To tell the truth, I might have liked Antibodies more if I hadn’t read it directly after Skin. The two books tell fundamentally very similar stories: experimental medical technology shows promise of immortality, and so a shadowy government conspiracy seeks to control it. But whereas in Skin this results in a hunt for a legendarily deadly Thai monster, in Antibodies it causes everyone to run around chasing after a dog – a fine premise for an episode of Cowboy Bebop, but not exactly the level of serious suspense and drama you’d expect from The X-Files. Ultimately, Antibodies is unable to live up to precedent set by Skin; and having read them back-to-back in an anthology collection, the deficiency is difficult to miss.

I would have appreciated the book a bit more if it had been willing to provide some form of resolution. Obviously, it can’t wrap up the entire X-Files conspiracy mythos, with the aliens and the Cigarette-Smoking Man and all; but there’s no excuse for not wrapping up its own internal plot threads. It’s not like Adam Lentz is some big reoccurring mythos character who needs to slip away into the night so that he can return for the next conspiracy story: he’s a one-shot character who is never going to appear again. He was introduced in this story, and he should have been dealt with in this story – if The X-Files weren’t pathologically afraid of closure of any kind.

I also would have respected the book more if it’d had the guts to kill the kid. That’s right, you heard me. Obviously, this being an X-Files novel, all the evidence has to be destroyed by the end. And since Jody has nanomachines in his blood, he is living evidence. That means he has to die, right? Nope: apparently his nanomachines, unlike all the other ones in the novel, were programmed to magically disappear once they were finished working. Two words: cop out. But then, that’s the X-Files novels for you: sticking rigidly to formula, unwilling to take any chances. So, no matter how many nameless redshirts get killed off in gruesomely creative fashion, they aren’t going to kill the kid any more than they’re going to have Mulder actually obtain any proof.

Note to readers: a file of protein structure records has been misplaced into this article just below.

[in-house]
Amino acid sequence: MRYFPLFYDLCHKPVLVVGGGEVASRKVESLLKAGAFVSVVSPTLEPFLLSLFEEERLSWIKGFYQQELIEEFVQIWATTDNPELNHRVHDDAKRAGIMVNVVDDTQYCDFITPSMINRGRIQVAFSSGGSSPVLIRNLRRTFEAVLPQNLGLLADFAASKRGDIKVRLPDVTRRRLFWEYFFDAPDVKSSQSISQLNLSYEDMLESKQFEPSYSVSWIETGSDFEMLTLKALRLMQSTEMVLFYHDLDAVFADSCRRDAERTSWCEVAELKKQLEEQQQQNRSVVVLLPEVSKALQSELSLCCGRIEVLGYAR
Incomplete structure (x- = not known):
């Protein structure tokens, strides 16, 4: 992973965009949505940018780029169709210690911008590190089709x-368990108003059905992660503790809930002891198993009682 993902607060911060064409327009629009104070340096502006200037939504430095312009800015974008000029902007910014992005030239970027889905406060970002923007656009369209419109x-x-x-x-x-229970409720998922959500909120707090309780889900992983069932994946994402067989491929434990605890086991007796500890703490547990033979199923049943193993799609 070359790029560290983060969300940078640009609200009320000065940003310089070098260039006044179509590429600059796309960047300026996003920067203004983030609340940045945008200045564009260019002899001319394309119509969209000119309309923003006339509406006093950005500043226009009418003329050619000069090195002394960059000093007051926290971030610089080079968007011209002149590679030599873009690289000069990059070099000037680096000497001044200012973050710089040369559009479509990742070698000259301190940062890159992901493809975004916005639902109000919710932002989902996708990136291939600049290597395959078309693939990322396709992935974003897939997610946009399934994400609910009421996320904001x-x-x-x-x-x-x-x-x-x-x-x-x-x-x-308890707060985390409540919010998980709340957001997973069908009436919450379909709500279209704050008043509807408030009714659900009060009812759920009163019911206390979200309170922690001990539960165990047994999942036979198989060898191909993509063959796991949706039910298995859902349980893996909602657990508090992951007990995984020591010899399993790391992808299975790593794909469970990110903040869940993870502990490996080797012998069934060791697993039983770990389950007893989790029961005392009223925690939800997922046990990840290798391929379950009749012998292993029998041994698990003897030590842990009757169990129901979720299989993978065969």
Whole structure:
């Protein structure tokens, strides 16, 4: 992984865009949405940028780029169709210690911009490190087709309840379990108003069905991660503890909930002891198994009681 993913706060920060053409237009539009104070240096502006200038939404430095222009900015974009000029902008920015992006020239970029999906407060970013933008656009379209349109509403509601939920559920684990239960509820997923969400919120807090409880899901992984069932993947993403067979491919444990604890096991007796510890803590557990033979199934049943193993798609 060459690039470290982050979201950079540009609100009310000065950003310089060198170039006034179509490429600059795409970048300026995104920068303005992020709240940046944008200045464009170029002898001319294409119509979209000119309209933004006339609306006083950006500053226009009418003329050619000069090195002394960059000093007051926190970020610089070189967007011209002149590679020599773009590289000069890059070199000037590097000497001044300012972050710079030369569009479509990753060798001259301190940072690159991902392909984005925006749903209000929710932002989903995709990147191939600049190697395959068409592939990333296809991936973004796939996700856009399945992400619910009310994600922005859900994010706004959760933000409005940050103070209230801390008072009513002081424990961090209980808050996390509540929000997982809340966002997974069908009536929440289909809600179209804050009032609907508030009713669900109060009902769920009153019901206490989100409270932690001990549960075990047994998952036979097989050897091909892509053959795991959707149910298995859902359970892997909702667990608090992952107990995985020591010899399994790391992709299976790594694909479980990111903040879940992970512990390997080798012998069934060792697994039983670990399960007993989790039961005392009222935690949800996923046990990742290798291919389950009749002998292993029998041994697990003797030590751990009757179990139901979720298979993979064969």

The X-Files novels go out not with a bang, but a whimper: just another rote and derivative case without any shocks or surprises. Antibodies probably isn’t the worst of the book series – I’d have to give that title to Ground Zero – but it is nonetheless a final disappointment.

Final Rating: 2/5

Now, with this review complete, that leaves just two The X-Files novels I haven’t reviewed yet: Ground Zero and Whirlwind. Fear not: I definitely intend to. There’s a reason I’ve skipped over them and done this review series out of chronological order. In Ground Zero’s case, it’s because it’s been quite a while since I’ve read it and I want to refresh my memory before digging in, but I’m having a hard time finding a copy of the book – apparently everyone else also read it once, realized it was total garbage, and threw it away. The other book, Whirlwind, I do own a copy of; but I’m waiting to do a review of a certain other book first. When I finally do write my review of Whirlwind, you’ll understand why.